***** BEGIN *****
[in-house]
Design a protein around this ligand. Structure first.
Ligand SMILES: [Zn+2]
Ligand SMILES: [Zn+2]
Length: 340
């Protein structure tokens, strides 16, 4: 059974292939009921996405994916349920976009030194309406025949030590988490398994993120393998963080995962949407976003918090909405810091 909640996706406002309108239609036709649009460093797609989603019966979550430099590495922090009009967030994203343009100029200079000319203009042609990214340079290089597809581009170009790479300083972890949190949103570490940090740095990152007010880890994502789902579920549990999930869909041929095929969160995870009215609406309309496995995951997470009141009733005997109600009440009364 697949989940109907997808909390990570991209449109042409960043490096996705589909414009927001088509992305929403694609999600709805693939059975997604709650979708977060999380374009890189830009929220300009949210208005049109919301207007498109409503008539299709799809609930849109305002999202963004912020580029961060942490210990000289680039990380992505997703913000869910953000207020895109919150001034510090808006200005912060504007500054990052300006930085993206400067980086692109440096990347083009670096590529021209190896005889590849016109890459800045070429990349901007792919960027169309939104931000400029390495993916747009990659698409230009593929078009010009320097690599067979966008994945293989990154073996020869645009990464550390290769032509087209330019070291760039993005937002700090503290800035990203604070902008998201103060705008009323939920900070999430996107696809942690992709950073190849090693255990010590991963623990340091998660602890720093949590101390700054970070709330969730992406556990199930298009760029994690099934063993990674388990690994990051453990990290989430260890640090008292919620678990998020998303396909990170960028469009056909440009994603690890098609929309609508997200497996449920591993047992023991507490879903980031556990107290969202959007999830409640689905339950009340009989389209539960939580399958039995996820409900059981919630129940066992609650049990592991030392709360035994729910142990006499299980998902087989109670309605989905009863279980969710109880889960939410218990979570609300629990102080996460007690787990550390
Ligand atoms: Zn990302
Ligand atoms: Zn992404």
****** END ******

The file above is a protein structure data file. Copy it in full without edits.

[in-house]
Design a protein around this ligand. Structure first.
Ligand SMILES: [Zn+2]
Ligand SMILES: [Zn+2]
Length: 340
């Protein structure tokens, strides 16, 4: 059974292939009921996405994916349920976009030194309406025949030590988490398994993120393998963080995962949407976003918090909405810091 909640996706406002309108239609036709649009460093797609989603019966979550430099590495922090009009967030994203343009100029200079000319203009042609990214340079290089597809581009170009790479300083972890949190949103570490940090740095990152007010880890994502789902579920549990999930869909041929095929969160995870009215609406309309496995995951997470009141009733005997109600009440009364 697949989940109907997808909390990570991209449109042409960043490096996705589909414009927001088509992305929403694609999600709805693939059975997604709650979708977060999380374009890189830009929220300009949210208005049109919301207007498109409503008539299709799809609930849109305002999202963004912020580029961060942490210990000289680039990380992505997703913000869910953000207020895109919150001034510090808006200005912060504007500054990052300006930085993206400067980086692109440096990347083009670096590529021209190896005889590849016109890459800045070429990349901007792919960027169309939104931000400029390495993916747009990659698409230009593929078009010009320097690599067979966008994945293989990154073996020869645009990464550390290769032509087209330019070291760039993005937002700090503290800035990203604070902008998201103060705008009323939920900070999430996107696809942690992709950073190849090693255990010590991963623990340091998660602890720093949590101390700054970070709330969730992406556990199930298009760029994690099934063993990674388990690994990051453990990290989430260890640090008292919620678990998020998303396909990170960028469009056909440009994603690890098609929309609508997200497996449920591993047992023991507490879903980031556990107290969202959007999830409640689905339950009340009989389209539960939580399958039995996820409900059981919630129940066992609650049990592991030392709360035994729910142990006499299980998902087989109670309605989905009863279980969710109880889960939410218990979570609300629990102080996460007690787990550390
Ligand atoms: Zn990302
Ligand atoms: Zn992404």